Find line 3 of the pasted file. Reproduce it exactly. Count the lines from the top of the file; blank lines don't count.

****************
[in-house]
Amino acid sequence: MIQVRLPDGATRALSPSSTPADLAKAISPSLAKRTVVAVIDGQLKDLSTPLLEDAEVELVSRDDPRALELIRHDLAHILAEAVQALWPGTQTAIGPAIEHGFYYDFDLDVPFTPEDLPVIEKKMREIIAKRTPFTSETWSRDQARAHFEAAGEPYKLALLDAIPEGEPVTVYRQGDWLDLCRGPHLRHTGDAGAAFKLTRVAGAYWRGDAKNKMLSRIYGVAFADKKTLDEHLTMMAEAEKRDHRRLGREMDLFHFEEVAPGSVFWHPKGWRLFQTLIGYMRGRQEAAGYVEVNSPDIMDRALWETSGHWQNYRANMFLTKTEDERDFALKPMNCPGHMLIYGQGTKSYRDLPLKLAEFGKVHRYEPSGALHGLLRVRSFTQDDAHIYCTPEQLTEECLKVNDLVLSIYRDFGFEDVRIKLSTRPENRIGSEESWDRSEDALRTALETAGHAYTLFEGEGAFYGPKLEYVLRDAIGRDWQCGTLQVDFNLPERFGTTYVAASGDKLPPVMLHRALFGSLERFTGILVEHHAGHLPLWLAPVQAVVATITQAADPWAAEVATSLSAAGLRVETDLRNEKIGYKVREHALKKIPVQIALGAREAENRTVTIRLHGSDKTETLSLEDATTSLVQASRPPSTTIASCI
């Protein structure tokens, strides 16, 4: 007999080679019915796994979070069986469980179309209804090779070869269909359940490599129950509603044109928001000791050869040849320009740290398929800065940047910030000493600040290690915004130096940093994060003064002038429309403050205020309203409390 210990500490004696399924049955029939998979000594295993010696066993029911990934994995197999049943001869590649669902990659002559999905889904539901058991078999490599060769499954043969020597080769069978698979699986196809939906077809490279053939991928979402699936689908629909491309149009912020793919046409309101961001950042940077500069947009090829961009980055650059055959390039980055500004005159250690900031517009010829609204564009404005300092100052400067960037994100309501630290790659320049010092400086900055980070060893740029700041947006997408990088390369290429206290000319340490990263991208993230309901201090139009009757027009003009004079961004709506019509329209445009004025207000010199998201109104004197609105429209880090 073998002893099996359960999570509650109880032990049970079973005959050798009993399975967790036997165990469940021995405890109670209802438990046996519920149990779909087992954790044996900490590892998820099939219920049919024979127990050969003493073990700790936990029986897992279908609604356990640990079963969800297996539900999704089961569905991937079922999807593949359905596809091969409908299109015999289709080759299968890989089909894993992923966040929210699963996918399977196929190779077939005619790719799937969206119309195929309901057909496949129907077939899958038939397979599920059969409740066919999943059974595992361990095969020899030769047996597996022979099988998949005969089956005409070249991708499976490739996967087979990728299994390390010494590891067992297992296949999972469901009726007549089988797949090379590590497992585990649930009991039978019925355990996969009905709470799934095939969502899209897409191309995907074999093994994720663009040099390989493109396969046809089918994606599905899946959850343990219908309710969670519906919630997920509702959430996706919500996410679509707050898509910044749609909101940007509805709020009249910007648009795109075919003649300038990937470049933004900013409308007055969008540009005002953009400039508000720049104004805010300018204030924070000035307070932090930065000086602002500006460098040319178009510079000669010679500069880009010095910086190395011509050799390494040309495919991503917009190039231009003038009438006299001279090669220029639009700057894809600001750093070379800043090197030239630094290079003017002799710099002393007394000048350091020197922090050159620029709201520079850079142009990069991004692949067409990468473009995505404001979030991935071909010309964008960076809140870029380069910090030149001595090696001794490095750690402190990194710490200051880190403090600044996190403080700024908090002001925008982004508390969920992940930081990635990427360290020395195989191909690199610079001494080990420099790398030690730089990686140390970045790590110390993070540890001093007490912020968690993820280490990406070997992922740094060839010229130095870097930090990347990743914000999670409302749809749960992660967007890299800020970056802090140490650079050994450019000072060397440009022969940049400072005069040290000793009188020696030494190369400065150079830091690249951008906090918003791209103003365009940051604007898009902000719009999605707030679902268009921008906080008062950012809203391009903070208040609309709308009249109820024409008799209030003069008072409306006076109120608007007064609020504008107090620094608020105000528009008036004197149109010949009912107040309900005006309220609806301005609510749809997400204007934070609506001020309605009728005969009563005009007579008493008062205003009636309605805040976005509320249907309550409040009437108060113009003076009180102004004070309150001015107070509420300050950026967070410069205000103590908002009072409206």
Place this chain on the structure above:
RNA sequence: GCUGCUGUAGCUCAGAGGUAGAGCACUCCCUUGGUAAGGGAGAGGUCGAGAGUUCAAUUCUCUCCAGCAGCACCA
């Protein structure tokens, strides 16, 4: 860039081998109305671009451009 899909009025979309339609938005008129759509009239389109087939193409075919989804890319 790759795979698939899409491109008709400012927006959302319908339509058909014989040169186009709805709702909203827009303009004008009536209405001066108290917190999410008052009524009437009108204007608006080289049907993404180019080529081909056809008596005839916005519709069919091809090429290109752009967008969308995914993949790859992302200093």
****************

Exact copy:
């Protein structure tokens, strides 16, 4: 007999080679019915796994979070069986469980179309209804090779070869269909359940490599129950509603044109928001000791050869040849320009740290398929800065940047910030000493600040290690915004130096940093994060003064002038429309403050205020309203409390 210990500490004696399924049955029939998979000594295993010696066993029911990934994995197999049943001869590649669902990659002559999905889904539901058991078999490599060769499954043969020597080769069978698979699986196809939906077809490279053939991928979402699936689908629909491309149009912020793919046409309101961001950042940077500069947009090829961009980055650059055959390039980055500004005159250690900031517009010829609204564009404005300092100052400067960037994100309501630290790659320049010092400086900055980070060893740029700041947006997408990088390369290429206290000319340490990263991208993230309901201090139009009757027009003009004079961004709506019509329209445009004025207000010199998201109104004197609105429209880090 073998002893099996359960999570509650109880032990049970079973005959050798009993399975967790036997165990469940021995405890109670209802438990046996519920149990779909087992954790044996900490590892998820099939219920049919024979127990050969003493073990700790936990029986897992279908609604356990640990079963969800297996539900999704089961569905991937079922999807593949359905596809091969409908299109015999289709080759299968890989089909894993992923966040929210699963996918399977196929190779077939005619790719799937969206119309195929309901057909496949129907077939899958038939397979599920059969409740066919999943059974595992361990095969020899030769047996597996022979099988998949005969089956005409070249991708499976490739996967087979990728299994390390010494590891067992297992296949999972469901009726007549089988797949090379590590497992585990649930009991039978019925355990996969009905709470799934095939969502899209897409191309995907074999093994994720663009040099390989493109396969046809089918994606599905899946959850343990219908309710969670519906919630997920509702959430996706919500996410679509707050898509910044749609909101940007509805709020009249910007648009795109075919003649300038990937470049933004900013409308007055969008540009005002953009400039508000720049104004805010300018204030924070000035307070932090930065000086602002500006460098040319178009510079000669010679500069880009010095910086190395011509050799390494040309495919991503917009190039231009003038009438006299001279090669220029639009700057894809600001750093070379800043090197030239630094290079003017002799710099002393007394000048350091020197922090050159620029709201520079850079142009990069991004692949067409990468473009995505404001979030991935071909010309964008960076809140870029380069910090030149001595090696001794490095750690402190990194710490200051880190403090600044996190403080700024908090002001925008982004508390969920992940930081990635990427360290020395195989191909690199610079001494080990420099790398030690730089990686140390970045790590110390993070540890001093007490912020968690993820280490990406070997992922740094060839010229130095870097930090990347990743914000999670409302749809749960992660967007890299800020970056802090140490650079050994450019000072060397440009022969940049400072005069040290000793009188020696030494190369400065150079830091690249951008906090918003791209103003365009940051604007898009902000719009999605707030679902268009921008906080008062950012809203391009903070208040609309709308009249109820024409008799209030003069008072409306006076109120608007007064609020504008107090620094608020105000528009008036004197149109010949009912107040309900005006309220609806301005609510749809997400204007934070609506001020309605009728005969009563005009007579008493008062205003009636309605805040976005509320249907309550409040009437108060113009003076009180102004004070309150001015107070509420300050950026967070410069205000103590908002009072409206």